Mount St. Helens Rising?

May 18, 1980 – a postcard spring morning. Getting ready for work and listening to relentless chatter of birds, I hurried so I could take the long way to work and enjoy a few extra minutes outside. Just before 8:30 I closed the patio door and sensed something out of place. It took a few seconds to register – it was silent, completely and utterly quite, not a chirp or flutter. It was as if the birds had vanished. A few hours later I heard Mount St. Helens had erupted at 8;32 am.

I can’t say I heard the “boom” or felt tremors from the largest volcanic eruption in American history. Scores of local residents reported hearing the shock wave despite a distance of over 500 Km. All I know for a fact is that bird activity came to a stand still just before eruption.

Fifty seven people perished,  the largest land slide in recorded history buried rivers, roads and train tracks to a depth of 600 feet. When all was said and done – St. Helens lost 1,300 feet in elevation, and devastated an area of 200 square miles. Ash rose 12 miles upwards, darkening skies and causing street lights to come on 300 miles away in Spokane Washington.

Last week the Cascades Volcanic Observatory released reports of St. Helens stirring, specifically indications of magma re-pressurization. Increased uplift and seismic activity remind us it will happen again. The information bulletin wasn’t a warning of immediate danger – an eruption isn’t expected anytime soon.

On clear days we can see Mt. Baker in Washington State, sometimes puffs of smoke rise from the ice covered peak. Mt. Rainier hasn’t erupted for 500 years and is considered as active as Baker or St. Helens. The “ring of fire” surrounding the Pacific Ocean basin accounts for most of the world’s seismic activity, boasting 452 volcanoes and 75% of Earth’s volcanic eruptions.

Photo – Cascades Volcanic Observatory – St. Helens eruption

Impossible to predict or prevent all we can do is prepare. Waiting until the birds fall silent doesn’t make a lot of sense.

http://earthsky.org/earth/magma-rising-inside-mount-st-helens-but-no-eruption-expected?utm_source=EarthSky+News&utm_campaign=acbc8617ec-EarthSky_News&utm_medium=email&utm_term=0_c643945d79-acbc8617ec-393970565

 

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10 thoughts on “Mount St. Helens Rising?

  1. I once witnessed a moment like that, when the birds went quiet. It was during a 90% sun eclipse. When that happens, you know that there is something big going on and you wonder what the birds are thinking. “Holy crap”, perhaps.

    • Holy crap indeed! 🙂 I always listen to the birds. When they went silent during the eclipse was it glaringly obvious as in it registered immediately, or did it take a while to comprehend?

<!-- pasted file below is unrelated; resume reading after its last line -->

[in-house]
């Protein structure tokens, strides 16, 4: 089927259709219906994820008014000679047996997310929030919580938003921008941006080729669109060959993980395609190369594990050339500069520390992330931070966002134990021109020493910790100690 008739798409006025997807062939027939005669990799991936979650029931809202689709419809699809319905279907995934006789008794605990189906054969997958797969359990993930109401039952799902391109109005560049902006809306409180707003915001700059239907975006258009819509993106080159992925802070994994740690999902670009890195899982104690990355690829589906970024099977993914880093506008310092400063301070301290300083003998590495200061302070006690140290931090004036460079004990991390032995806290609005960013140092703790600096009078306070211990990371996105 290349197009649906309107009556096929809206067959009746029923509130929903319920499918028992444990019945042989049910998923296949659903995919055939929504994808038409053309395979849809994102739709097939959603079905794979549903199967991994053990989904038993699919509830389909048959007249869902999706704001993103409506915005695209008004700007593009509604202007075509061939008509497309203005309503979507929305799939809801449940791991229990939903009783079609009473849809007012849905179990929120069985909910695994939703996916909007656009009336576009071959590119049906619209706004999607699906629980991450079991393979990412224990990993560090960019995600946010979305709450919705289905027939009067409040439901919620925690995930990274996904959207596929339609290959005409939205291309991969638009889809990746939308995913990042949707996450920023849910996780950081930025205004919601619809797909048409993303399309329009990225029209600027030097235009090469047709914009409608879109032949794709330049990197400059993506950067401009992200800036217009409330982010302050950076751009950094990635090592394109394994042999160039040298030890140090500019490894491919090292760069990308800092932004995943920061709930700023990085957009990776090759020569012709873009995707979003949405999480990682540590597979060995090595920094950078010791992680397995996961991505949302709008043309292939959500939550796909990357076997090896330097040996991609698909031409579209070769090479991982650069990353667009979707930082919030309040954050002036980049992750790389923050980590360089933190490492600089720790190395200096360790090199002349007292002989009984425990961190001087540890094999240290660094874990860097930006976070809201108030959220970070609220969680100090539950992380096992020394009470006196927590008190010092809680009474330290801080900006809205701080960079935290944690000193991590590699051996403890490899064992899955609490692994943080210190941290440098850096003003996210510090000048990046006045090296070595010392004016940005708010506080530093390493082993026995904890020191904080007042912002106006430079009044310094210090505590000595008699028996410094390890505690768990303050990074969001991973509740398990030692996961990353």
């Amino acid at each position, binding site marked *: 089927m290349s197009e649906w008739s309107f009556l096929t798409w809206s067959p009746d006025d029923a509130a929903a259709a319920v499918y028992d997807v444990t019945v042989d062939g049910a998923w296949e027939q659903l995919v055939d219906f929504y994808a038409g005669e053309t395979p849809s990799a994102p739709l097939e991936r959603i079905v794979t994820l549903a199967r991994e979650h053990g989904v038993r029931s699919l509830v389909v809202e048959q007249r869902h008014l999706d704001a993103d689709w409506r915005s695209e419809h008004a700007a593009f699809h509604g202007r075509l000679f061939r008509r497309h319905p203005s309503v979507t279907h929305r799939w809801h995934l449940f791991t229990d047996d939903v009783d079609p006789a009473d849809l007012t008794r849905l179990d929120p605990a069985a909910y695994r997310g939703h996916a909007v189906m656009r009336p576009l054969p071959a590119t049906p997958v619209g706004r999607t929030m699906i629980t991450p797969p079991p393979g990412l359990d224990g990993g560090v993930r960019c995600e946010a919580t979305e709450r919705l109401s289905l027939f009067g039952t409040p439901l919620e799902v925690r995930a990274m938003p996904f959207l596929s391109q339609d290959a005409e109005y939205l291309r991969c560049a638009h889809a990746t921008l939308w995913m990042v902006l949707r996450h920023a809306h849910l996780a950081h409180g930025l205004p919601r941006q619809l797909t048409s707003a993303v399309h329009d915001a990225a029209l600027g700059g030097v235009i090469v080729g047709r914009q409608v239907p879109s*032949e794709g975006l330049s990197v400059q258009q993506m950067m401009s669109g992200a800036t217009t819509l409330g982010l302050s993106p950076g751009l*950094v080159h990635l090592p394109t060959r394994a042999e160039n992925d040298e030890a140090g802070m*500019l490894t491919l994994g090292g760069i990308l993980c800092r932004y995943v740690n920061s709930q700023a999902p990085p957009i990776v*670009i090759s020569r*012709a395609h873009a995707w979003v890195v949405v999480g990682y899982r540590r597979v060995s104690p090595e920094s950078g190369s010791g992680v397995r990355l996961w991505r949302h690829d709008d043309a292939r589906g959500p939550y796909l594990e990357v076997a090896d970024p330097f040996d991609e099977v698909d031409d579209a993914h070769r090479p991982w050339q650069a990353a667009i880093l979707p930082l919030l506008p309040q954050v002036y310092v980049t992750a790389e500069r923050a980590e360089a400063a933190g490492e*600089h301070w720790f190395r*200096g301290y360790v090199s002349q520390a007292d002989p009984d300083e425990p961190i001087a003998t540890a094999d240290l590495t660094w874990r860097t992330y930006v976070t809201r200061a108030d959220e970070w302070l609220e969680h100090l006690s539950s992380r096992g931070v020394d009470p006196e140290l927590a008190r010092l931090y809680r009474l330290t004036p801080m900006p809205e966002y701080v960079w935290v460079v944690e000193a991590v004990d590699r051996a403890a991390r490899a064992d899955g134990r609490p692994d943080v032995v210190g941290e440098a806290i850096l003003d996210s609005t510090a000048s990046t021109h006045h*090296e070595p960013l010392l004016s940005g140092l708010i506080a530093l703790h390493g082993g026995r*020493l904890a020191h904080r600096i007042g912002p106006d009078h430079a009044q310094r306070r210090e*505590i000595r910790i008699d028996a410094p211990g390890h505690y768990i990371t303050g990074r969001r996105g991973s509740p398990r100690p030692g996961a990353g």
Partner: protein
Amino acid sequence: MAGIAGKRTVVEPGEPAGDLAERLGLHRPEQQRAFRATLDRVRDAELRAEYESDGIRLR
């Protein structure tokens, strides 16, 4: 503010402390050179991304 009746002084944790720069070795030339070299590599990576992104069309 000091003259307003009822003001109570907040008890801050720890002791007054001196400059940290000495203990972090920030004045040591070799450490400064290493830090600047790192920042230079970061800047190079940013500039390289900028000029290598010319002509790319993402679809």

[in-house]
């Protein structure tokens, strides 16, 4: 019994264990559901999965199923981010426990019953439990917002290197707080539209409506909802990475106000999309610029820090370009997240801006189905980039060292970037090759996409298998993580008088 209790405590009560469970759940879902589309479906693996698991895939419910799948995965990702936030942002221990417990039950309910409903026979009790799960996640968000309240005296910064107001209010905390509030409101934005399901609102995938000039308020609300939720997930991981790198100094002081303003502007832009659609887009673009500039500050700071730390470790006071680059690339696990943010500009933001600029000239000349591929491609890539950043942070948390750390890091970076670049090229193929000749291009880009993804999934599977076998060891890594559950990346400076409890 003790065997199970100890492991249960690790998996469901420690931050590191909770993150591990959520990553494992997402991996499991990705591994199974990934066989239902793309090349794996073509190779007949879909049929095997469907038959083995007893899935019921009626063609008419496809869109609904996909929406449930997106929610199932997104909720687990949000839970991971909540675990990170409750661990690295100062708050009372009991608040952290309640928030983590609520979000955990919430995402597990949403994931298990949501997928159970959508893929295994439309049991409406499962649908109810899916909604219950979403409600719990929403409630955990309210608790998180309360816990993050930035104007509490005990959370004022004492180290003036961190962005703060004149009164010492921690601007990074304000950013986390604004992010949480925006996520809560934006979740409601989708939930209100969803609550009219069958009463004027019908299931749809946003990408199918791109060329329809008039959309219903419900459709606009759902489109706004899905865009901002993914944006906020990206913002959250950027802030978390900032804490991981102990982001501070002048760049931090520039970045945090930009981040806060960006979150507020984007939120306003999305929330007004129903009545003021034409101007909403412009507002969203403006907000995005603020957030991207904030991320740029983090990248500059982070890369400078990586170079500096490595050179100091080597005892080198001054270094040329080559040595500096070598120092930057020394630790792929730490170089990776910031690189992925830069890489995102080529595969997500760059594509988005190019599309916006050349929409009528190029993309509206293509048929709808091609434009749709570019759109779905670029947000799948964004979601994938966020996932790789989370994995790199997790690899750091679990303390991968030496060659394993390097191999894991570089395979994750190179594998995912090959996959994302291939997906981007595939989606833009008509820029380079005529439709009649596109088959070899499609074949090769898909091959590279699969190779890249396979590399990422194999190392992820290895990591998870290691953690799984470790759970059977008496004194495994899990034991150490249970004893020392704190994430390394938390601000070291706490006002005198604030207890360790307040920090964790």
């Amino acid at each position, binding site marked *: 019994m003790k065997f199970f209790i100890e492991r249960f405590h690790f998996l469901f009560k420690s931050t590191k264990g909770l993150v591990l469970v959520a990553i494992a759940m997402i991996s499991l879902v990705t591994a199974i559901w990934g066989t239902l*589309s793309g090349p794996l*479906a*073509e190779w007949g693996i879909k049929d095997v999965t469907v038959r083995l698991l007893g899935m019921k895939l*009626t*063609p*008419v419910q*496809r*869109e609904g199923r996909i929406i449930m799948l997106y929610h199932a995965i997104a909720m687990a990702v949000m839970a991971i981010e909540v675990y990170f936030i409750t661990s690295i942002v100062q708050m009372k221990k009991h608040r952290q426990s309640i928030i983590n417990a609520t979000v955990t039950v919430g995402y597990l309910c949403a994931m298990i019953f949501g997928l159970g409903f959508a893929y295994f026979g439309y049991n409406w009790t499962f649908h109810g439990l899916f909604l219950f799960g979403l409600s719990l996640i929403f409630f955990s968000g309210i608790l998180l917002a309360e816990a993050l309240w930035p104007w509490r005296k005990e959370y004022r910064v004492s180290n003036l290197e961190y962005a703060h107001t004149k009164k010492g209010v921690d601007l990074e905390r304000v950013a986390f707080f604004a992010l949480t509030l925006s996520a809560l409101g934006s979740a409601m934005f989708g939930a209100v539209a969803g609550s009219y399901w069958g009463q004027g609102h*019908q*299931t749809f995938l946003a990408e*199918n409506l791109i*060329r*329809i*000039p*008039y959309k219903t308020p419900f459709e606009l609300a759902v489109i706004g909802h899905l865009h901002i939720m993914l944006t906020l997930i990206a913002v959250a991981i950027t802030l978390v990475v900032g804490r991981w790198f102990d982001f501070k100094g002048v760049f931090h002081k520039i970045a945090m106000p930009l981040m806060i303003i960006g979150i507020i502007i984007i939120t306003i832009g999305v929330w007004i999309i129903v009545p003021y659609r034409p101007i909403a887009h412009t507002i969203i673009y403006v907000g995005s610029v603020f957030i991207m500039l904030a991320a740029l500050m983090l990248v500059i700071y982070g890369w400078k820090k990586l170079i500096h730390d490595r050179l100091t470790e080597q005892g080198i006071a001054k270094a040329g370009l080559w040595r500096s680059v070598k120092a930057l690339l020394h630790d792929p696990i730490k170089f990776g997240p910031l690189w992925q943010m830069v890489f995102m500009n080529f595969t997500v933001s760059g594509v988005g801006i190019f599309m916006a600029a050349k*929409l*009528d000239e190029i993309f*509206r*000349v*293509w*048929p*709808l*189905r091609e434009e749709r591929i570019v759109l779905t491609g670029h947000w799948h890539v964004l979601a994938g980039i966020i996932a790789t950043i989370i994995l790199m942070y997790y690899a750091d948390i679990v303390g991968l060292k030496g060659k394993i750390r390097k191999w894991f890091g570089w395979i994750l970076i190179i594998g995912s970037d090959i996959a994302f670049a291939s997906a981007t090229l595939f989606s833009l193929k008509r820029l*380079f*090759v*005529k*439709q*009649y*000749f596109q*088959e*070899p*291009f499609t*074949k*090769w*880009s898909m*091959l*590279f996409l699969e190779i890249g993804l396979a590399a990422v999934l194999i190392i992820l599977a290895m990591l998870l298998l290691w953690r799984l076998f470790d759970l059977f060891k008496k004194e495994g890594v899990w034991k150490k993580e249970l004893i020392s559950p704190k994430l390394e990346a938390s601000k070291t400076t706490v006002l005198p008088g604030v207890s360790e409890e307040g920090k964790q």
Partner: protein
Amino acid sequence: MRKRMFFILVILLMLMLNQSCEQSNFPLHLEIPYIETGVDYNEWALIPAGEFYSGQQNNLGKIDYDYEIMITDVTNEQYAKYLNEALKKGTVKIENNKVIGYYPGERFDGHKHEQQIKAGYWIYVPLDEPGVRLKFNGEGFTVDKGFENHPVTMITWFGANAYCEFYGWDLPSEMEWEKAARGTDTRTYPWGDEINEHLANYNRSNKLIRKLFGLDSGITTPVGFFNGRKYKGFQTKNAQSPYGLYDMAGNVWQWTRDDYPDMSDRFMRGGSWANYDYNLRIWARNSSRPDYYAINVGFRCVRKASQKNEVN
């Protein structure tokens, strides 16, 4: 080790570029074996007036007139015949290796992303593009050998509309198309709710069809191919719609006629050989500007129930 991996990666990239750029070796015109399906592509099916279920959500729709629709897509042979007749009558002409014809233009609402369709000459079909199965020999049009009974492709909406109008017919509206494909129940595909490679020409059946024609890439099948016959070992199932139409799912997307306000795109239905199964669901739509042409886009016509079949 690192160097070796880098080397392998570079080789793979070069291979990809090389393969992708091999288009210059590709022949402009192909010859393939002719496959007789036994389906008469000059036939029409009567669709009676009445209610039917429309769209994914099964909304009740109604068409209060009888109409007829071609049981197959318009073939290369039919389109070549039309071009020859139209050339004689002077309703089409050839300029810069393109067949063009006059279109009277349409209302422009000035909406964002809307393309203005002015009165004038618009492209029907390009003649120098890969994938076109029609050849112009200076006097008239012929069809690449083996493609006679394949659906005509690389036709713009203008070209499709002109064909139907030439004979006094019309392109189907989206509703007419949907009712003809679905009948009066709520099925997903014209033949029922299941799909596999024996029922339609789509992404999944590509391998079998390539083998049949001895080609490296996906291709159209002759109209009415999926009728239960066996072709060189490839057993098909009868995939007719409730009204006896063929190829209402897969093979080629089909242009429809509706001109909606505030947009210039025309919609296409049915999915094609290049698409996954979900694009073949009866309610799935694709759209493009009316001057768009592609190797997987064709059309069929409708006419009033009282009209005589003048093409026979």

• I was in a park, waiting for the eclipse and remembered being stunned at the crescent shaped shadows of leaves. Then it dawned on me that the birds were having a WTF moment. It only took a few minutes for them to go quiet. Then once the eclipse passed, they resumed slowly. Almost like a respectful silence for a passing hearse.

  2. No (active) volcanoes down here that I’m aware of.
    BTW got up this morning before the Sparrow Fart, (again) cup of tea in hand…..and …..cloud cover.
    Clear skies are predicted for tomorrow and my daughter says there will still be a chance to see the meteors ( she’s better at researching and interpreting stuff than me. I can’t fathom if it’s bum or breakfast time on occasion – and I still type with my index fingers)
    So, we’ll give it one more shot…

  3. We should pay more attention to nature. They pick up infrasound which is released during seismic activity, and it affects the fear centers of their brain. We saw this before the Indian ocean tsunami when all wild animals ran for higher ground way before the waves were seen. We saw this just before the China earthquake, when tens of thousands of frogs appeared on the streets.

  4. I should also mention that not only does Infrasound result from earthquakes and volcanoes, but also from severe weather, lee waves, avalanches, bolides (meteors and meteorites), calving of icebergs, auroras, and lightening. Oh, and from lions and tigers roar. It’s been measured.

    • I’ve never felt a big cat’s roar but have been front and center for a few aurora shows – unless you’ve witnessed one it’s incredibly difficult to put their energy into words. Infrasound makes sense 🙂

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